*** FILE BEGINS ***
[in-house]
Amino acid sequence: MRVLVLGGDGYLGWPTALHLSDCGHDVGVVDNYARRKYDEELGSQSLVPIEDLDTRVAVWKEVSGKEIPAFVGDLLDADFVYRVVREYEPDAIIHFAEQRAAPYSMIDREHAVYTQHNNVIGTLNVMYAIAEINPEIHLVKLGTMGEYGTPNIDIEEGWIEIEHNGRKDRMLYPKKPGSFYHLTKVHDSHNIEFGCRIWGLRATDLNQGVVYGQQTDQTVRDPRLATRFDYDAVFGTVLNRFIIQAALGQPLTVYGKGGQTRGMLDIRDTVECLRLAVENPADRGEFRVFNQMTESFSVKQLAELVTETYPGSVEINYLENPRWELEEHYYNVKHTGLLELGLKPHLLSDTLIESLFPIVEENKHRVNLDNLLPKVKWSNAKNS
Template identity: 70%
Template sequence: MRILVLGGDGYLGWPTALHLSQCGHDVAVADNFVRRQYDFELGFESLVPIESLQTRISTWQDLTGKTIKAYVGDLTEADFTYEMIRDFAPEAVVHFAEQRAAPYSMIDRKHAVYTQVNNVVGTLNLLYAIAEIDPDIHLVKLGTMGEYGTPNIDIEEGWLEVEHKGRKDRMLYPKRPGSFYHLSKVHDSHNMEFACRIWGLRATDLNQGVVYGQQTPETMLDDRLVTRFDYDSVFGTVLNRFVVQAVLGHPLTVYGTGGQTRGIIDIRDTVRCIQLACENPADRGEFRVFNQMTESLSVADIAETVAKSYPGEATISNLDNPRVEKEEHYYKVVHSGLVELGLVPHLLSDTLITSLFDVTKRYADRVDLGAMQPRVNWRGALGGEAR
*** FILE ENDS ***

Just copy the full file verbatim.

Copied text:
[in-house]
Amino acid sequence: MRVLVLGGDGYLGWPTALHLSDCGHDVGVVDNYARRKYDEELGSQSLVPIEDLDTRVAVWKEVSGKEIPAFVGDLLDADFVYRVVREYEPDAIIHFAEQRAAPYSMIDREHAVYTQHNNVIGTLNVMYAIAEINPEIHLVKLGTMGEYGTPNIDIEEGWIEIEHNGRKDRMLYPKKPGSFYHLTKVHDSHNIEFGCRIWGLRATDLNQGVVYGQQTDQTVRDPRLATRFDYDAVFGTVLNRFIIQAALGQPLTVYGKGGQTRGMLDIRDTVECLRLAVENPADRGEFRVFNQMTESFSVKQLAELVTETYPGSVEINYLENPRWELEEHYYNVKHTGLLELGLKPHLLSDTLIESLFPIVEENKHRVNLDNLLPKVKWSNAKNS
Template identity: 70%
Template sequence: MRILVLGGDGYLGWPTALHLSQCGHDVAVADNFVRRQYDFELGFESLVPIESLQTRISTWQDLTGKTIKAYVGDLTEADFTYEMIRDFAPEAVVHFAEQRAAPYSMIDRKHAVYTQVNNVVGTLNLLYAIAEIDPDIHLVKLGTMGEYGTPNIDIEEGWLEVEHKGRKDRMLYPKRPGSFYHLSKVHDSHNMEFACRIWGLRATDLNQGVVYGQQTPETMLDDRLVTRFDYDSVFGTVLNRFVVQAVLGHPLTVYGTGGQTRGIIDIRDTVRCIQLACENPADRGEFRVFNQMTESLSVADIAETVAKSYPGEATISNLDNPRVEKEEHYYKVVHSGLVELGLVPHLLSDTLITSLFDVTKRYADRVDLGAMQPRVNWRGALGGEAR